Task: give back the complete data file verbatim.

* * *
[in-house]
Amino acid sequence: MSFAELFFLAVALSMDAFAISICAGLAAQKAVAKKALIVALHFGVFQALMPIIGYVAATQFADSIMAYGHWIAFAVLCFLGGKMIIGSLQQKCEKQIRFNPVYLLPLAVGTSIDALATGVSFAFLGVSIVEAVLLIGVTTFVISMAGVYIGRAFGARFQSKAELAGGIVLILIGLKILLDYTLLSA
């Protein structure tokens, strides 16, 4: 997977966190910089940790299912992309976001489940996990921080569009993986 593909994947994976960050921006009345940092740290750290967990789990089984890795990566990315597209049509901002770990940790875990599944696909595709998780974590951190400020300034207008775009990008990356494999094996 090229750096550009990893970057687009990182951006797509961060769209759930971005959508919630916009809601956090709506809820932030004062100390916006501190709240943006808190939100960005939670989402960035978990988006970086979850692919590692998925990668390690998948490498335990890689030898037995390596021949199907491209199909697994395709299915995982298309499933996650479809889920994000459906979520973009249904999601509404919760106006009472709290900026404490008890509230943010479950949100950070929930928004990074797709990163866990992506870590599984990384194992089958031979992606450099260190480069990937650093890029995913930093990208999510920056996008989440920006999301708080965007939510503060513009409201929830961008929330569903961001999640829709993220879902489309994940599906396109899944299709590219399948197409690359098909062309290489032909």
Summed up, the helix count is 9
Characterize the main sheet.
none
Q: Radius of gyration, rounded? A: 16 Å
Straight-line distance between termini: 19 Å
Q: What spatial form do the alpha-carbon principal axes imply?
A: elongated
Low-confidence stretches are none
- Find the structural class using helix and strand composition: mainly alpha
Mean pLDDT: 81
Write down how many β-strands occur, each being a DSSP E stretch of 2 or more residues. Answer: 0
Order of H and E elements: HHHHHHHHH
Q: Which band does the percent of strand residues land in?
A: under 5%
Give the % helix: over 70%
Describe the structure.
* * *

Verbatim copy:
[in-house]
Amino acid sequence: MSFAELFFLAVALSMDAFAISICAGLAAQKAVAKKALIVALHFGVFQALMPIIGYVAATQFADSIMAYGHWIAFAVLCFLGGKMIIGSLQQKCEKQIRFNPVYLLPLAVGTSIDALATGVSFAFLGVSIVEAVLLIGVTTFVISMAGVYIGRAFGARFQSKAELAGGIVLILIGLKILLDYTLLSA
């Protein structure tokens, strides 16, 4: 997977966190910089940790299912992309976001489940996990921080569009993986 593909994947994976960050921006009345940092740290750290967990789990089984890795990566990315597209049509901002770990940790875990599944696909595709998780974590951190400020300034207008775009990008990356494999094996 090229750096550009990893970057687009990182951006797509961060769209759930971005959508919630916009809601956090709506809820932030004062100390916006501190709240943006808190939100960005939670989402960035978990988006970086979850692919590692998925990668390690998948490498335990890689030898037995390596021949199907491209199909697994395709299915995982298309499933996650479809889920994000459906979520973009249904999601509404919760106006009472709290900026404490008890509230943010479950949100950070929930928004990074797709990163866990992506870590599984990384194992089958031979992606450099260190480069990937650093890029995913930093990208999510920056996008989440920006999301708080965007939510503060513009409201929830961008929330569903961001999640829709993220879902489309994940599906396109899944299709590219399948197409690359098909062309290489032909």
Summed up, the helix count is 9
Characterize the main sheet.
none
Q: Radius of gyration, rounded? A: 16 Å
Straight-line distance between termini: 19 Å
Q: What spatial form do the alpha-carbon principal axes imply?
A: elongated
Low-confidence stretches are none
- Find the structural class using helix and strand composition: mainly alpha
Mean pLDDT: 81
Write down how many β-strands occur, each being a DSSP E stretch of 2 or more residues. Answer: 0
Order of H and E elements: HHHHHHHHH
Q: Which band does the percent of strand residues land in?
A: under 5%
Give the % helix: over 70%
Describe the structure.